If you are privy to this select company, then you have information about how the market really behaves that is beyond what everyone else has.  Objection #3 above should not apply to you.  You should, in theory, be able to beat the Efficient Market Hypothesis…at least until such a time when most other investors in the world wisen up and become Marxists themselves!  (And Marxists of the Commodity Money School, no less—because, if you ask me, these Commodity Money School authors are the only ones who really have a clue about what’s going on, even among Marxists).

You should easily be able to recognize where world capitalism is in its industrial cycle at any given point if you read and understand these posts on Sam Williams’s blog:

The Phases of the Industrial Cycle (Part I)

The Phases of the Industrial Cycle (Part II)

The Phases of the Industrial Cycle (Part III)

The Phases of the Industrial Cycle (Part IV)

You should know that, in the boom phase of the industrial cycle, all commodities except for the money commodity increasingly become priced above their values.  When the inevitable crisis hits, and the boom gives way to a recession, all commodities except for the money commodity then take a turn with prices below their values.

The flipside of this is that the money commodity (currently gold) goes from being relatively undervalued to being relatively overvalued (of course, precisely speaking, gold can’t be “undervalued” or “overvalued” because gold, the current money commodity, itself represents value.  Gold has no price).

Nevertheless, you should see that, if the Federal Reserve engineers just enough inflation to keep commodity prices steady during a crisis (when, by all accounts, their prices should be declining), then the “price” of gold must increase through the roof.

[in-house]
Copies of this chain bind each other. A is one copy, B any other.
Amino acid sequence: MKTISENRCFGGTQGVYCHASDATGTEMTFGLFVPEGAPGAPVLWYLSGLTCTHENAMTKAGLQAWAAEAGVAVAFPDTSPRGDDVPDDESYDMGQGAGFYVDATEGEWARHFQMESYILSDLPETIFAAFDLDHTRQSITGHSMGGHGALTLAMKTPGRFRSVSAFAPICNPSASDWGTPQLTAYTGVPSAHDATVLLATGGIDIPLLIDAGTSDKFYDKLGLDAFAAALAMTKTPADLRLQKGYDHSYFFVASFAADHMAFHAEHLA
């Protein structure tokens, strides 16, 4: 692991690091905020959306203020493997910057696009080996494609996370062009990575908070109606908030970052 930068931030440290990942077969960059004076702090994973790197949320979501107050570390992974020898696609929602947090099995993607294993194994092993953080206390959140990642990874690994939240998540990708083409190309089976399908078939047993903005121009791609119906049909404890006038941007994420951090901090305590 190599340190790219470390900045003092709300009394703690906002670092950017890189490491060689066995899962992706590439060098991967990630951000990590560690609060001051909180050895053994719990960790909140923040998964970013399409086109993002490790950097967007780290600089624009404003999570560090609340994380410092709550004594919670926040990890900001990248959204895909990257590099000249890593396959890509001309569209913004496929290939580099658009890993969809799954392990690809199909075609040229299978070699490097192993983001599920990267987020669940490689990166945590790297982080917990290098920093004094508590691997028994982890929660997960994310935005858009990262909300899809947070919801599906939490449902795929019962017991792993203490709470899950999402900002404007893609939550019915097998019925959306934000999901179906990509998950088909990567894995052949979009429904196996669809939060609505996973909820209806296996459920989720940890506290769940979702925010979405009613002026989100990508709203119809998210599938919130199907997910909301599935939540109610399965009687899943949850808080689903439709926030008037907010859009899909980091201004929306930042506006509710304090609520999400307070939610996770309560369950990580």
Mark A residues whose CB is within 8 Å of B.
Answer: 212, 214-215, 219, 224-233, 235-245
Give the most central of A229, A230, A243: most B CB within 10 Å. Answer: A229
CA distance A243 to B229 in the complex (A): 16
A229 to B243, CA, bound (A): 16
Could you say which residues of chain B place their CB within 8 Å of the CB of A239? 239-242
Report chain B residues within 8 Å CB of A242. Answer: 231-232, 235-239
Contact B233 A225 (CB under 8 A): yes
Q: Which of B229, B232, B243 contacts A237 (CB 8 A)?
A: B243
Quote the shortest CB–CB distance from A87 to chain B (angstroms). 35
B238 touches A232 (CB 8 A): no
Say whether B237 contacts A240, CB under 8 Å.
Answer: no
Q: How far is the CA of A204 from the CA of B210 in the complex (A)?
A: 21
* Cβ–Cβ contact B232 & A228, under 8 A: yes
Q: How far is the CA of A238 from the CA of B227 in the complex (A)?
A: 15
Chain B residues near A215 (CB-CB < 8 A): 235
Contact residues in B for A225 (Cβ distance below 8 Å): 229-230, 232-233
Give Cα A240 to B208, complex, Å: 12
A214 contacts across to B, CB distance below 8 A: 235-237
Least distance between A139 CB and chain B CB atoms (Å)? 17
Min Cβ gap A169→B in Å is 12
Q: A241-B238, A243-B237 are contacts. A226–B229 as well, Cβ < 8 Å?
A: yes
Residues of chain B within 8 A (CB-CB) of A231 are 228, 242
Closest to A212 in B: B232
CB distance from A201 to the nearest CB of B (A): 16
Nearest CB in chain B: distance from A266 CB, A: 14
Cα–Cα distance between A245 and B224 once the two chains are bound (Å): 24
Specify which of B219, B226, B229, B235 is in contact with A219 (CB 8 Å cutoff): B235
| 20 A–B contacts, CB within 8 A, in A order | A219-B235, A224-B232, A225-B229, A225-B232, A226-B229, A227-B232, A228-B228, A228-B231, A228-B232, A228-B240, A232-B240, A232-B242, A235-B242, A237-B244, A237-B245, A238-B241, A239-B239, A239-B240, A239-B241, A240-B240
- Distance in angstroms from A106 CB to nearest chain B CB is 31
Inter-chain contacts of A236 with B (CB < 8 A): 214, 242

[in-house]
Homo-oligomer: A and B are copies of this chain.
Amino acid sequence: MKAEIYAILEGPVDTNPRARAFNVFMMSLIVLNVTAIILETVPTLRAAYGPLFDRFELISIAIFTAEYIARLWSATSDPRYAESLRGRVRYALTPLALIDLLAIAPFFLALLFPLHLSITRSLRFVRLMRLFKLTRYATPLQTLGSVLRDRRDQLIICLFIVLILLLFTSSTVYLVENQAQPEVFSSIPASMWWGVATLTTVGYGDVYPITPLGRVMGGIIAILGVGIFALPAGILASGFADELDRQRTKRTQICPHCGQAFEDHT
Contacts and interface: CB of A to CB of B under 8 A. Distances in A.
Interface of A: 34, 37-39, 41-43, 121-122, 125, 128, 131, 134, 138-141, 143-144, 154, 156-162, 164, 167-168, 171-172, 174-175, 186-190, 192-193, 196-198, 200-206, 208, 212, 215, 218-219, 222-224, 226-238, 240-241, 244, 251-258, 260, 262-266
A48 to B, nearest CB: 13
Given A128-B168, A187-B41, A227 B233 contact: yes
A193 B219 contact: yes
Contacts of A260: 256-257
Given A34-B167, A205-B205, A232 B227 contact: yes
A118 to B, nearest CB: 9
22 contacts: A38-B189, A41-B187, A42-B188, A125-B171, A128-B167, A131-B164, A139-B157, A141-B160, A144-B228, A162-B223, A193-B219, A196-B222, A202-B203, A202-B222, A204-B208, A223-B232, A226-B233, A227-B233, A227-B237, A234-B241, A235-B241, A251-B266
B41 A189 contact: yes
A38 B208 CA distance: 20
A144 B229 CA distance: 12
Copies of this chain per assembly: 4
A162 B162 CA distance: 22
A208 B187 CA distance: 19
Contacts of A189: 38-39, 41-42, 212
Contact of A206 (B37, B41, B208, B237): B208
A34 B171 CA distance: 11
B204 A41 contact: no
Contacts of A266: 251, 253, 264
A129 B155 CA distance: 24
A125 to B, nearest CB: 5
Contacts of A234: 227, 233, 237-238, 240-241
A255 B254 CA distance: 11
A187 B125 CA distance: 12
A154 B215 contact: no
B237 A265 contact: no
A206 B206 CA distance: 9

You should be able to discern those times when irrational optimism reigns just before the credit crunch and crash.  You will know that a crisis of overproduction is approaching when world gold production has started to steadily decline and interest rates have started to rise and cut into the profit of enterprise.  That’s when you go “long” on the money commodity, and “short” on all other commodities.

Well, are there any financial instruments already out there that allow one to go “long” on the money commodity and “short” on all other commodities?

Well, going “long” on the money commodity means buying gold during the boom phase in the lead-up to the crash that the perpetually-irrationally-optimistic capitalists will never see coming (but which YOU will see coming, because you know that these crises are inevitable, and you even understand what causes them and what the signs are that they are emerging).

To be clear, buying gold will not earn you surplus value.  An ounce of lifeless gold sitting in a hoard never produced an iota of surplus value for anyone.  I am not selling “goldbuggery” here.  When the price of gold goes up in the next crisis, it won’t be that gold is earning you a “profit.”  It’s that owning anything else will be bringing you a huge loss.  Gold will merely be preserving the value of your wealth.

Likewise, during the boom phase, just before the crisis, would be a good time to sell your factory, your inventories…any commodities whose use-values you can personally afford to part with (which will not be many for most of the readers of this column…but hey! if there happen to be any oddball Marxist capitalists in the crowd…any trust-fund radicals…hey, it’s something to think about!)